Are today’s spending cuts setting the global oil market up for a supply crunch in a few years?
An oil supply deficit may be hard to fathom given two years of surplus and rock bottom oil prices, but with the financials of so many oil companies badly damaged, upstream investment could come up short in the not-too-distant future, even if oil prices continue to rise this year.
Globally, the oil industry is set to cut investment by $1 trillion between 2015 and 2020 due to the collapse in oil prices, according to a new estimate from Wood Mackenzie. Spending on development will be $740 billion lower than the pre-crash estimate for that five-year period, and exploration spending is also expected be down by another $300 billion.
Dickson says that although “virtually every oil-producing country has seen some form of capex cuts” over the past two years, the United States has been hit especially hard. Spending will fall by half in 2016, dropping by $125 billion. The Middle East, on the other hand, has seen much smaller effects on spending. In a separate report, IHS projects U.S. oil and gas investment to decline by 35 percent this year, and while spending in 2017 should bounce off of 2016 lows, the recovery will be “long and drawn out.” Notably, IHS says spending in the oil industry in 2020 will still be 28 percent below the high watermark set in 2014.
Obviously, spending cuts will have very serious effects on production. Wood Mackenzie says that global oil production is already down 3 percent this year compared to 2014 expectations, back when high oil prices were assumed to remain high. Output is down 5 million barrels of oil equivalent per day (boe/d) this year compared to expected levels, and 2017 should see output down 6 million boe/d from prior estimates, or 4 percent lower.
“The impact of falling oil prices on global upstream development spend has been enormous,” Malcolm Dickson, principal analyst at Wood Mackenzie, said in a statement. “Companies have responded to the fall by deferring or canceling projects.”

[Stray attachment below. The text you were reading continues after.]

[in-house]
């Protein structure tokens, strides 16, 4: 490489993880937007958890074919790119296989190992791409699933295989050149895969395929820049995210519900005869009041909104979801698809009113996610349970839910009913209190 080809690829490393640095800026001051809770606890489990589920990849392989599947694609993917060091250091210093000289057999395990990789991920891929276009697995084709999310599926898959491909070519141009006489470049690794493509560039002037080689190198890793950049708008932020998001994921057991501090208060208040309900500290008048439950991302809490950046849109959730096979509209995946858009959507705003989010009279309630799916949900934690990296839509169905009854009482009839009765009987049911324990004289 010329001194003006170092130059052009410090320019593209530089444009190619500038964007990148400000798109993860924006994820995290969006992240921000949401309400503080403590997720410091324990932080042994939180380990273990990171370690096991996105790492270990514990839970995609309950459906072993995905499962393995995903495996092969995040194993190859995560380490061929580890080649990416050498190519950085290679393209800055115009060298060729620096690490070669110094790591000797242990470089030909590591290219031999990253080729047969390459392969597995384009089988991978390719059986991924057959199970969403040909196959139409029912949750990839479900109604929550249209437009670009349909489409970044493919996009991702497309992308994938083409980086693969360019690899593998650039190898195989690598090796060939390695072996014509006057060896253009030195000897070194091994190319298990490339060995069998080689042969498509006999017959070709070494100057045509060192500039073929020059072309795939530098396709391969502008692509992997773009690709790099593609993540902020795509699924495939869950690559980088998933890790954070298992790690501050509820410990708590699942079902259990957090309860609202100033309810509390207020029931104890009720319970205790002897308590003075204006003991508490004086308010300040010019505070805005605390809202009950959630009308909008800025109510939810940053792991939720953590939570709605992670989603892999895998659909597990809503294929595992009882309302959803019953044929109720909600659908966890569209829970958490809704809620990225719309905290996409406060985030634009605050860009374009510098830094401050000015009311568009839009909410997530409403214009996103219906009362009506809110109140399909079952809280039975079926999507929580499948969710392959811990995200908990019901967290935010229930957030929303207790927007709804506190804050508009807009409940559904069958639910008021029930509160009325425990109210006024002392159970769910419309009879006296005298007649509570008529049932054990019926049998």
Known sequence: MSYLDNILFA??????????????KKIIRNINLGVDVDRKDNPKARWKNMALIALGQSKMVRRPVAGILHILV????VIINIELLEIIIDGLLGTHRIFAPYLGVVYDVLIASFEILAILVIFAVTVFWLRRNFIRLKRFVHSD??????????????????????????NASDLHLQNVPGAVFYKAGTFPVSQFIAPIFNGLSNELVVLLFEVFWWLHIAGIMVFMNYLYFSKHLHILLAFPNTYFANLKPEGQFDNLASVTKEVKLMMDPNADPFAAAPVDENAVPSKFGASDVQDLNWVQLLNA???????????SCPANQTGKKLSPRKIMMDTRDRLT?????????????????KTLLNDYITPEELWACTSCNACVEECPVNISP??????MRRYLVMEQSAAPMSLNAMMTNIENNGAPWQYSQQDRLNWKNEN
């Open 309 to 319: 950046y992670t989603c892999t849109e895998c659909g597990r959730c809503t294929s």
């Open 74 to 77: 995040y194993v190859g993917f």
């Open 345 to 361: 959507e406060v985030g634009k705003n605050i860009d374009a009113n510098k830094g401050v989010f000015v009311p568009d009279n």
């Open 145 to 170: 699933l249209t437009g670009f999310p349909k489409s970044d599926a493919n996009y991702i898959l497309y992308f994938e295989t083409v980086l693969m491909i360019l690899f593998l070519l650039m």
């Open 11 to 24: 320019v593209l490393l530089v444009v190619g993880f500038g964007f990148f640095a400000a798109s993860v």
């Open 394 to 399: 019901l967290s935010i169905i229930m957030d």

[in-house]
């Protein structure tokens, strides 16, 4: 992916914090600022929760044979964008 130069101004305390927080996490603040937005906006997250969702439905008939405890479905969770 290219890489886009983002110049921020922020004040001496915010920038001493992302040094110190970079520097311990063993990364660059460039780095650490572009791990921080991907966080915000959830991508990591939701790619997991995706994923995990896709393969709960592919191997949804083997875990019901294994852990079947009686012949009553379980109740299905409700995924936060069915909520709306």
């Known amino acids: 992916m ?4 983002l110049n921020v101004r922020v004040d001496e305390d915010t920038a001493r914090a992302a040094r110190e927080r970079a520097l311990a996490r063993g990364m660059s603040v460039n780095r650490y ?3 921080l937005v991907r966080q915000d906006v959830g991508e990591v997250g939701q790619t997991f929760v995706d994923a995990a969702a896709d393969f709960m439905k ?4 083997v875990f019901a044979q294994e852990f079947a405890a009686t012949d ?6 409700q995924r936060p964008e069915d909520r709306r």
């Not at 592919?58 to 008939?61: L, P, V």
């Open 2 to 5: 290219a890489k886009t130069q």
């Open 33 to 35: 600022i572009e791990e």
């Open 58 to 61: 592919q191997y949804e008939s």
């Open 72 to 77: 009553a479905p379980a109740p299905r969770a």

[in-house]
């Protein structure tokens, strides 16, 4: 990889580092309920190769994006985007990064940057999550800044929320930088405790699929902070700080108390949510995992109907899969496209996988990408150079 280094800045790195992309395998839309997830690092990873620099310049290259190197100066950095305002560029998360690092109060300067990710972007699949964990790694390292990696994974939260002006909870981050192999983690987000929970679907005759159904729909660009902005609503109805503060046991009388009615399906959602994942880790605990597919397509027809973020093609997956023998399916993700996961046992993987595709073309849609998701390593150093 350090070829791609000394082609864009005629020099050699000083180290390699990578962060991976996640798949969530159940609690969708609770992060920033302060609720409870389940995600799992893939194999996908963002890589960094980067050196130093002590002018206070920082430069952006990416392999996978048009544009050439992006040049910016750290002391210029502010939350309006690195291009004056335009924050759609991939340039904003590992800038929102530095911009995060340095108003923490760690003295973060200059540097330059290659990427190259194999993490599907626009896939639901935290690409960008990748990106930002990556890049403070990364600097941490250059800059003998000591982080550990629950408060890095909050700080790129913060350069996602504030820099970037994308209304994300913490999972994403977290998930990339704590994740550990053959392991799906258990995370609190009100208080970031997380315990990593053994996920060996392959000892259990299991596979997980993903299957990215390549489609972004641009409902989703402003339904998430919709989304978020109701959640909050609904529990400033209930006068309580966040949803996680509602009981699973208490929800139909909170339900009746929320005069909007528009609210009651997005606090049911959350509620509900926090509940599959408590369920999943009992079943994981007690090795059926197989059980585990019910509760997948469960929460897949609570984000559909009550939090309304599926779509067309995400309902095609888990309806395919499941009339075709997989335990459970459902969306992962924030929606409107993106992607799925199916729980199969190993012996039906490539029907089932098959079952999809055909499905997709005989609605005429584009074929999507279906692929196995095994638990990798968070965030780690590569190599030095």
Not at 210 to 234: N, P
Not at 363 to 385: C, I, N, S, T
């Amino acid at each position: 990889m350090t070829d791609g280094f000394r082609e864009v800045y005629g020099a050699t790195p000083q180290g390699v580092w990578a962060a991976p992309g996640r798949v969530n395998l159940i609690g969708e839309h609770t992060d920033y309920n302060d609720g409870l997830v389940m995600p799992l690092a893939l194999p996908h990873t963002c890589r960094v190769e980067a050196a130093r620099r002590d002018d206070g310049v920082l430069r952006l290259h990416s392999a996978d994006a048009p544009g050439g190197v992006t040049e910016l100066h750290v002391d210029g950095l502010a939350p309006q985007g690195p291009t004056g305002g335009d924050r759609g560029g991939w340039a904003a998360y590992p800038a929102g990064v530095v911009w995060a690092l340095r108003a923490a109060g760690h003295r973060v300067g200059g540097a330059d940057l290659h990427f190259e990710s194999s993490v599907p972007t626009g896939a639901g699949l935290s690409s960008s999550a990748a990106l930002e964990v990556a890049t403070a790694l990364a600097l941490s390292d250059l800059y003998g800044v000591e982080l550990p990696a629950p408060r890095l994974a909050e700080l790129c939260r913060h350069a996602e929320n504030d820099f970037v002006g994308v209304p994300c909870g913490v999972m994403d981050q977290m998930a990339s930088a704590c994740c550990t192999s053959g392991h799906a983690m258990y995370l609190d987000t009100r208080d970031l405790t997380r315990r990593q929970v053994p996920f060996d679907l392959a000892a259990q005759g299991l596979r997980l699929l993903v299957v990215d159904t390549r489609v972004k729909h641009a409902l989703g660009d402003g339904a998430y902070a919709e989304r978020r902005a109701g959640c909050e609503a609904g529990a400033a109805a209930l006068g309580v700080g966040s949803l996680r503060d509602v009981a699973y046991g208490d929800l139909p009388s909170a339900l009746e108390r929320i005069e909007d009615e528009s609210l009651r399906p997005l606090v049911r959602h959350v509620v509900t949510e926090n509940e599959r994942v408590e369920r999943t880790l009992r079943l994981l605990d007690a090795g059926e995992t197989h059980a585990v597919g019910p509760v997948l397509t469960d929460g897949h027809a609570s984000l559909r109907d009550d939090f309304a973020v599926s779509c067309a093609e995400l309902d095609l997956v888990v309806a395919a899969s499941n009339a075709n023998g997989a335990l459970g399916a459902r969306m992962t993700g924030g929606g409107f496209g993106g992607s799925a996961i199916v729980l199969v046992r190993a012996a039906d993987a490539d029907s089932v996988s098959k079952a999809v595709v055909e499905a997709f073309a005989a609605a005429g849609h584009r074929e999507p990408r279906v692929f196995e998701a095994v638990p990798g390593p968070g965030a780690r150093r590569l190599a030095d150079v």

But most oil companies do not have the ability to do anything other than slash spending and dial down their ambitions. BP’s CEO Bob Dudley recently stated that his company could continue to spend at their current reduced levels for three more years before production starts to fall. Now is not the time to spend aggressively to grow production, he argues. “Being a low-cost producer is the name of the game,” Dudley said on Bloomberg TV. “We’re getting very disciplined about capital.” BP plans to spend $17 billion in 2016, a nearly 40 percent cut from the $27 billion it spent just a few years ago, and more cuts are possible.
Most of the oil majors have prioritized the stability of their dividend payments above all. But that strategy has its downsides. Production will not increase and could even begin to fall. The reserve-replacement ratio at the oil majors has faltered, although part of that has to do with write-downs connected to low oil prices. ExxonMobil even lost its AAA credit rating when it prioritized growing its dividend ahead of halting its rising debt levels.
As companies retrench, global oil production could fall short of demand in the years ahead. After all, U.S. shale drillers have been hit hard by falling oil prices, but so have producers from around the world. A March 2016 report from Piper Jaffray & Co. warned about the supply crunch that is already starting to brew because of spending cuts, citing the falling rig count around the world, not just in the United States. The report concluded that there could be “grievous consequences” on the future oil supply from today’s cuts. “The fact of the matter is there’s a world of carnage unfolding and it’s increasingly widespread,” Bill Herbert, a senior Piper Jaffray researcher, said in March. “We’re digging ourselves a very deep hole.”
The very small increase in the oil rig count in the U.S. over the past few weeks is not nearly enough to reverse the decline, especially since the rally in oil prices may have stalled for now. Goldman Sachs predicts that oil prices will remain below $50 per barrel through the summer, barring another major supply disruption. “We view the price recovery as fragile,” Goldman wrote in a recent research note. “Absent further sharp rises in disruptions, the market is likely to remain close to balance in June as Canadian production restarts and production elsewhere remains resilient. As a result, we continue to expect that prices between $45 a barrel and $50 a barrel in coming months are still required to bring the market into a deficit in the second half,” the investment bank added.
Courtesy: Nick Cunningham
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